AUGUST
1992

 

 

 

By
Tom Turpin
 
Professor of
Entomology
Purdue University

 

 

 

 

 

8-27-92

Whirligig Beetles Aptly Named

No insect is more appropriately named than an aquatic insect called the whirligig beetle. It is a common insect, found on the surface of the water in lakes and streams, where it swims in endless circles or semicircles. This swimming pattern has earned the insect a host of common names including the luckybug, submarine chaser, or writes-my-name beetle. Even its scientific family name — Gyrinidae — reflects its swimming behavior.

This insect could appropriately be called old four eyes. Not because it wears glasses, but because it has two sets of eyes. One set is on the top of its head and peers skyward. The other set is on the bottom of the head and looks into the watery depths.

Whirligig beetles are also well-constructed for swimming. The forelegs extend forward. The back pairs of legs look like little paddles. Even the shape of the beetle is a good one for a water insect. Its pointed front and tail ends make it look like a fat canoe. Even their antennae are reduced to miniature stubs so as not to produce drag when the insect is swimming — sort of like the Olympic swimmers who shave their bodies to increase speed through the water.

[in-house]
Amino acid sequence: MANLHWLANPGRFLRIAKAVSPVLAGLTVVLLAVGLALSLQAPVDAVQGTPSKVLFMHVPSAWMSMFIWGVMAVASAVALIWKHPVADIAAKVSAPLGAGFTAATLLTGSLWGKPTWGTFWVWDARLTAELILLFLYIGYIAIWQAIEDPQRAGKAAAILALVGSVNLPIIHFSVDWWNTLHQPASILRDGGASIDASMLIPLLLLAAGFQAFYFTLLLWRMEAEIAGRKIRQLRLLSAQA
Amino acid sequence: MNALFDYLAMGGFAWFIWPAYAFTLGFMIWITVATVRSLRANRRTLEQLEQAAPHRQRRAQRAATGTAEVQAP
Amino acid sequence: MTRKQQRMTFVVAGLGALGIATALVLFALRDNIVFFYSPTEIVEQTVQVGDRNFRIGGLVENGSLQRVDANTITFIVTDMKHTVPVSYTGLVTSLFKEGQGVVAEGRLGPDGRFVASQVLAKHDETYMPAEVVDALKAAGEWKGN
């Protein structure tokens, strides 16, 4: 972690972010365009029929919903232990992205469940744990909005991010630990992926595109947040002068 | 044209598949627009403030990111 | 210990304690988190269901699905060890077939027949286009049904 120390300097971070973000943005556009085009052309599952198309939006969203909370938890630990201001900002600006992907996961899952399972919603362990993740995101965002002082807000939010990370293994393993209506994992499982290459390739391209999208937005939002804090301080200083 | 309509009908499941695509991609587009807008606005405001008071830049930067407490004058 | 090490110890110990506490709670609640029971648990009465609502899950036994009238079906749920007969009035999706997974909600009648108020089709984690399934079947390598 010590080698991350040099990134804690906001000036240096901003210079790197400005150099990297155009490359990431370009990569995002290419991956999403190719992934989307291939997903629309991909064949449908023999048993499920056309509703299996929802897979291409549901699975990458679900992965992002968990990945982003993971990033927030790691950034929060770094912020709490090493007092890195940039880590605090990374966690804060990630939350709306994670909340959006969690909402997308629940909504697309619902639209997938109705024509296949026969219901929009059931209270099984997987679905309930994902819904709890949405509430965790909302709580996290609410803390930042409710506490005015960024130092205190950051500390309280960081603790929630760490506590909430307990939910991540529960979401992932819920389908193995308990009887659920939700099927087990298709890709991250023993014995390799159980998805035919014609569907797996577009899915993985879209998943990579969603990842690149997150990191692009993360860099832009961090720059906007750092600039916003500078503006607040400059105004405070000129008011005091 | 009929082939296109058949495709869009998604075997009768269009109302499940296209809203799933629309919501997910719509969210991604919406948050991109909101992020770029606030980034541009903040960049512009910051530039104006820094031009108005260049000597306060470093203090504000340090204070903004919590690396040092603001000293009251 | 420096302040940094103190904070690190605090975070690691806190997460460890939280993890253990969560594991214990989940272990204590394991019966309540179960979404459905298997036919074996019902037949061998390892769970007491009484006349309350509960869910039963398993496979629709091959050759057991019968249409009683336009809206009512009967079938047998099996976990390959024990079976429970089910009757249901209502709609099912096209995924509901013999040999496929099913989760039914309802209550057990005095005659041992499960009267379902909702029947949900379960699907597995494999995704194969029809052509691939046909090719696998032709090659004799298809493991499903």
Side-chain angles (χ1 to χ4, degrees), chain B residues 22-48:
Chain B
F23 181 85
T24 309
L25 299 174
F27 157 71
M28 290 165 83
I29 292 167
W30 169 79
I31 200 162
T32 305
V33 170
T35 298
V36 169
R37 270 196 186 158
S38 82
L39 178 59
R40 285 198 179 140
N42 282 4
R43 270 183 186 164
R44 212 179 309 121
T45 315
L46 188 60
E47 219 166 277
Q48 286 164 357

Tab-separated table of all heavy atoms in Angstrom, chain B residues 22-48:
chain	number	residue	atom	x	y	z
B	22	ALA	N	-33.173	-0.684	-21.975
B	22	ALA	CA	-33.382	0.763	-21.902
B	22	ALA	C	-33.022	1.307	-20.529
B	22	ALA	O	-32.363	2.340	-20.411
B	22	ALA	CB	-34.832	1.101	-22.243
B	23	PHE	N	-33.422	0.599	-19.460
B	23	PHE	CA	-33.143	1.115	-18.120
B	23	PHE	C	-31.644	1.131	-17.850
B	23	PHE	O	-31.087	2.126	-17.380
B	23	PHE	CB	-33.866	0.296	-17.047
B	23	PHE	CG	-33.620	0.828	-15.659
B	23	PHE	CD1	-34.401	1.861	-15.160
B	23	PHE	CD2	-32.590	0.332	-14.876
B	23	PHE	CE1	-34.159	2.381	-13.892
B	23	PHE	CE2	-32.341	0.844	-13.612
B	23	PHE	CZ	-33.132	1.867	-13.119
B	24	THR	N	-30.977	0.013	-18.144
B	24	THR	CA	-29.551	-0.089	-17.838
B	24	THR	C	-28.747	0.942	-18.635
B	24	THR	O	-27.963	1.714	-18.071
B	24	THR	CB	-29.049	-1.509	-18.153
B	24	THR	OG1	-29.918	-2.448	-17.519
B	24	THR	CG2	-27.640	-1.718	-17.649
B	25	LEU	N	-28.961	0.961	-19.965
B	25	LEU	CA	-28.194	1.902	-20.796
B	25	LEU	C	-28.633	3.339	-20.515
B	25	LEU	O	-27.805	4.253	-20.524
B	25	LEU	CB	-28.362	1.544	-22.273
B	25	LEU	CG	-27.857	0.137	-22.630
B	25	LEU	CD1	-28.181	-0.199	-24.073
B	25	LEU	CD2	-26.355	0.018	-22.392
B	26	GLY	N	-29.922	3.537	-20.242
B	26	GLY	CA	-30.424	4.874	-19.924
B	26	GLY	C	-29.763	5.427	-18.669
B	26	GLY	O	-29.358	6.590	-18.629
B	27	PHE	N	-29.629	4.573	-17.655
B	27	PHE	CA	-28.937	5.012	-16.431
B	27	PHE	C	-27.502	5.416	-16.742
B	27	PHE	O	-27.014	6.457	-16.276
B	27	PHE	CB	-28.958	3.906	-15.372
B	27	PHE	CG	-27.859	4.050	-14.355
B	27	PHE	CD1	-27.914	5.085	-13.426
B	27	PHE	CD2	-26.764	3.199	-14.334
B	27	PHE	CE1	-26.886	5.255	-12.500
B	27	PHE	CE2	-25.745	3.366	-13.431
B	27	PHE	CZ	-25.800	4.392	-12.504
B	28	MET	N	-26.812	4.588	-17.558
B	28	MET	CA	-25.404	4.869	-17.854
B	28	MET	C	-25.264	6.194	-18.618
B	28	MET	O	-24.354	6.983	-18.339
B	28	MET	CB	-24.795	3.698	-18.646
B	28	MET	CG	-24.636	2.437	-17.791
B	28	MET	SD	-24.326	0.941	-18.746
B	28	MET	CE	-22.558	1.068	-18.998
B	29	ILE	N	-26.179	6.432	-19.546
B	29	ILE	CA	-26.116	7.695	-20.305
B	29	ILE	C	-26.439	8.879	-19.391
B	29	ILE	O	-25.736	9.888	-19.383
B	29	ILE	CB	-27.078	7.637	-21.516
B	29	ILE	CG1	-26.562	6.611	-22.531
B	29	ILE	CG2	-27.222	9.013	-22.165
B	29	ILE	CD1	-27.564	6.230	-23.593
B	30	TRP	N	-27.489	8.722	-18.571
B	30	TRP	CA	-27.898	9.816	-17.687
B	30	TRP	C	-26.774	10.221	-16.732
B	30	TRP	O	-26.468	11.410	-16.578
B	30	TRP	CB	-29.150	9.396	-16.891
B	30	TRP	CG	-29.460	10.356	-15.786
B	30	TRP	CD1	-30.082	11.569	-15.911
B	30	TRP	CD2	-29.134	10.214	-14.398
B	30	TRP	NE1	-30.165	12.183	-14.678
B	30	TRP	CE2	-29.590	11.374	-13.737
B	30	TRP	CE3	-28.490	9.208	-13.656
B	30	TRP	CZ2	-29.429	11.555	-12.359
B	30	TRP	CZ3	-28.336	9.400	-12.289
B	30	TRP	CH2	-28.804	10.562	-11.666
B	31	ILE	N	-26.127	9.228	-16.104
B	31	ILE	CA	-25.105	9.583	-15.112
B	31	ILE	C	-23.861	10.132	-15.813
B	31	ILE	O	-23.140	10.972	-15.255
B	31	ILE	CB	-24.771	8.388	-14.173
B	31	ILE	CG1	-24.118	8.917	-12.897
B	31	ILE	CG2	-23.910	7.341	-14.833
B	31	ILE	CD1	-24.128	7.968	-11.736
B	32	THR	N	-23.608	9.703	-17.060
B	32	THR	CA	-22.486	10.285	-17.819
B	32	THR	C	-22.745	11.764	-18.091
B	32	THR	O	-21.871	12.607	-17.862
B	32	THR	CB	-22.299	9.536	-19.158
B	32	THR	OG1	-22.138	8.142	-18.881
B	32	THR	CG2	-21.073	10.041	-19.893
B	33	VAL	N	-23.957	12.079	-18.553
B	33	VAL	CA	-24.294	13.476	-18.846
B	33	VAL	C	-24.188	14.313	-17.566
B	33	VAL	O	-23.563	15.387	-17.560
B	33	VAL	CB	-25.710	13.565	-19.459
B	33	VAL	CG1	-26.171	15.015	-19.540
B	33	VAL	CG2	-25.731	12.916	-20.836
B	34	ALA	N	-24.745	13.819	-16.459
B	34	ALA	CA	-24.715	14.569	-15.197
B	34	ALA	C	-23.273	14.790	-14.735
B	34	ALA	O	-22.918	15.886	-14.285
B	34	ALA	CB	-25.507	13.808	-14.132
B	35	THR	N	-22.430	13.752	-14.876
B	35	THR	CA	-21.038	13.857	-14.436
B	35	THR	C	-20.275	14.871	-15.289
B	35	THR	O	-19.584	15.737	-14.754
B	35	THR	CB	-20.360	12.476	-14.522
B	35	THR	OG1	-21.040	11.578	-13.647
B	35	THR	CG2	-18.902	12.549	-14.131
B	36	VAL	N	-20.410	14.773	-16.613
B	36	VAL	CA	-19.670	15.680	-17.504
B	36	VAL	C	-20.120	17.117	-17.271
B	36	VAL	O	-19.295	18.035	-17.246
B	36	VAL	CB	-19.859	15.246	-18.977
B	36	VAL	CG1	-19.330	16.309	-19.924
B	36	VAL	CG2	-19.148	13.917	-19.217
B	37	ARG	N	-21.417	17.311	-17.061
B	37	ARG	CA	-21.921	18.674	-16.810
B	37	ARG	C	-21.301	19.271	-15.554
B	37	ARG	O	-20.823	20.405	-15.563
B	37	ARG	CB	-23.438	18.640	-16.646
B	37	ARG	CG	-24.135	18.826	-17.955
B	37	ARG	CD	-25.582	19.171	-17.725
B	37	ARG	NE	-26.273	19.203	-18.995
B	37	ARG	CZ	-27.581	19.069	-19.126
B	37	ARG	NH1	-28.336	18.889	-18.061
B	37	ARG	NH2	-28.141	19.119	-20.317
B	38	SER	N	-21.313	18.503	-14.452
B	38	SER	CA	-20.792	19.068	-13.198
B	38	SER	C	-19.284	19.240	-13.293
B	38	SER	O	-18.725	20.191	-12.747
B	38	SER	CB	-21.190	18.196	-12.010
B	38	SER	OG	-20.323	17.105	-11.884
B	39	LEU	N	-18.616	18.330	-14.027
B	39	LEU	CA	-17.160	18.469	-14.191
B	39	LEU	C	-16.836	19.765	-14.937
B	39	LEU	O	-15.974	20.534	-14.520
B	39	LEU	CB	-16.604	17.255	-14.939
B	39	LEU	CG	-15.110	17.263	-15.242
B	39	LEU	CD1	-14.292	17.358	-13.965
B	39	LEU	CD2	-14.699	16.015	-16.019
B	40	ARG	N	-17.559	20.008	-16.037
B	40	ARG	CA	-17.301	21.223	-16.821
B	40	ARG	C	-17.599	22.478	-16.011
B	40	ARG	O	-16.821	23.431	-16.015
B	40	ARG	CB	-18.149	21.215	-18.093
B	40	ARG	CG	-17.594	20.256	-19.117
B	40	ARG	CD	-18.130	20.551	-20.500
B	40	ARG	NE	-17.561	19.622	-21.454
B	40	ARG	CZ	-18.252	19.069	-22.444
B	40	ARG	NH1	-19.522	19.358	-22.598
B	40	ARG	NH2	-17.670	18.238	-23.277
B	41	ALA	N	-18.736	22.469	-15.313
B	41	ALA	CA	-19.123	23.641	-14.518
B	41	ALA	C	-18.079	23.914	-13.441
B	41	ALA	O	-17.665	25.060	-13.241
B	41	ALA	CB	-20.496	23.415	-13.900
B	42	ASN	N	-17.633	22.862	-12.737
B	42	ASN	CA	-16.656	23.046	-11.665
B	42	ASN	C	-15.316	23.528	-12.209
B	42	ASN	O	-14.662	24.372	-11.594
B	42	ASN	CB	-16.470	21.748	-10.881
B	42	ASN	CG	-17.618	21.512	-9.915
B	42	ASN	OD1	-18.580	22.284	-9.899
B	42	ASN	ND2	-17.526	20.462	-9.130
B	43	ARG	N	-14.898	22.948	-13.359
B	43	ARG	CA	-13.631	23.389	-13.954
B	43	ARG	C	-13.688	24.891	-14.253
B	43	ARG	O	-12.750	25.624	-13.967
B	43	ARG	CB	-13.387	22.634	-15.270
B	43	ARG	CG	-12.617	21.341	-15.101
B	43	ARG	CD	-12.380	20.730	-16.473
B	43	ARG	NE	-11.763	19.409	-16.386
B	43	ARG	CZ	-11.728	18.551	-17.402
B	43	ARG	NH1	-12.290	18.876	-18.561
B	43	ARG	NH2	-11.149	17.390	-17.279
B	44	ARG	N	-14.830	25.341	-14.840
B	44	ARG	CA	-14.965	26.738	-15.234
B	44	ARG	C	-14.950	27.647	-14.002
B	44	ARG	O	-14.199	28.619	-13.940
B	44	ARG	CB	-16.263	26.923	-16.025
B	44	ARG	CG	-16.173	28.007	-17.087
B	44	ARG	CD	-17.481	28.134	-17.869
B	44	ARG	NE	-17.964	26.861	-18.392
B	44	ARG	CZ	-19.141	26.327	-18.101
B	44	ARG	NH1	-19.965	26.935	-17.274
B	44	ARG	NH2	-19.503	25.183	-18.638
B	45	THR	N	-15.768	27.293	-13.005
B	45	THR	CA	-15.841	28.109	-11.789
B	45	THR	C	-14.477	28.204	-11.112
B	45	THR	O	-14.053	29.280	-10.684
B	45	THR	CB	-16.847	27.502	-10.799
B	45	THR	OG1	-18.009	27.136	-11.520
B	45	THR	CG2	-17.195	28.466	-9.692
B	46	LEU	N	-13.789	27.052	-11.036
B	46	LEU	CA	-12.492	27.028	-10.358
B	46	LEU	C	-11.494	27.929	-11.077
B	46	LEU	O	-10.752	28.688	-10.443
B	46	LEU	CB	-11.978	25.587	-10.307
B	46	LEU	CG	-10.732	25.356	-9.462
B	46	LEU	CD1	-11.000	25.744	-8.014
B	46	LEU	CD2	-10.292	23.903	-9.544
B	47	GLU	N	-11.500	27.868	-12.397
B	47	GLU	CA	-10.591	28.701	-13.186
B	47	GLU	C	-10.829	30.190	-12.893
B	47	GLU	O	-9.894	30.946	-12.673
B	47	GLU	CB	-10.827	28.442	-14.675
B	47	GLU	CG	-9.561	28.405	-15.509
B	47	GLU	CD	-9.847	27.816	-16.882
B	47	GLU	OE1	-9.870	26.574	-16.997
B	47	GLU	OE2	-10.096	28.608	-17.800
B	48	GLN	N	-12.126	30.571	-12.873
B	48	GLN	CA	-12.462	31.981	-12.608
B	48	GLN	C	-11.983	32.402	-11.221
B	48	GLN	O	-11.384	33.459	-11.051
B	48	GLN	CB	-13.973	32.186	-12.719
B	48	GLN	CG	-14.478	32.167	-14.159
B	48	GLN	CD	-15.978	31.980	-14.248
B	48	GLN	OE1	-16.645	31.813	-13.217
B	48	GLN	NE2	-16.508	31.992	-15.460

Adult whirligig beetles appear to like the company of their own kind. They often are seen swimming in large groups. When the gyrating mass of whirligig beetles is disturbed, some quickly dive while others swim off in a zig-zag fashion. This behavior appears to discourage predators set on having a beetle banquet.

People who handle whirligig beetles notice that the insect gives off an odor. This odor is likened by some to that of apple seeds and would appear to be used by the insect as a defensive chemical.

But turnabout is fair play. Whirligig beetles themselves are predators that feed on small insects that fall onto the surface of the water.

Watching these beetles gyrate in fresh water is no doubt a pastime of great antiquity to nature lovers. Indeed, the Hoosier poet James Whitcomb Riley had noticed their behavior and included it in the following lines.

“Little brook, sing to me:
Sing about a bumblebee
That tumbled from a lily-bell, and grumbled mumblingly
 Because he wet the film
Of his wings, and had to swim
While the water-bugs raced round and laughed at him”!

The water-bugs might have been racing around the bumblebee, but it is doubtful that these whirligig beetles were laughing. They were probably sizing up the bee as a potential meal!

 

Writer: Tom Turpin
Editor: Andrea McCann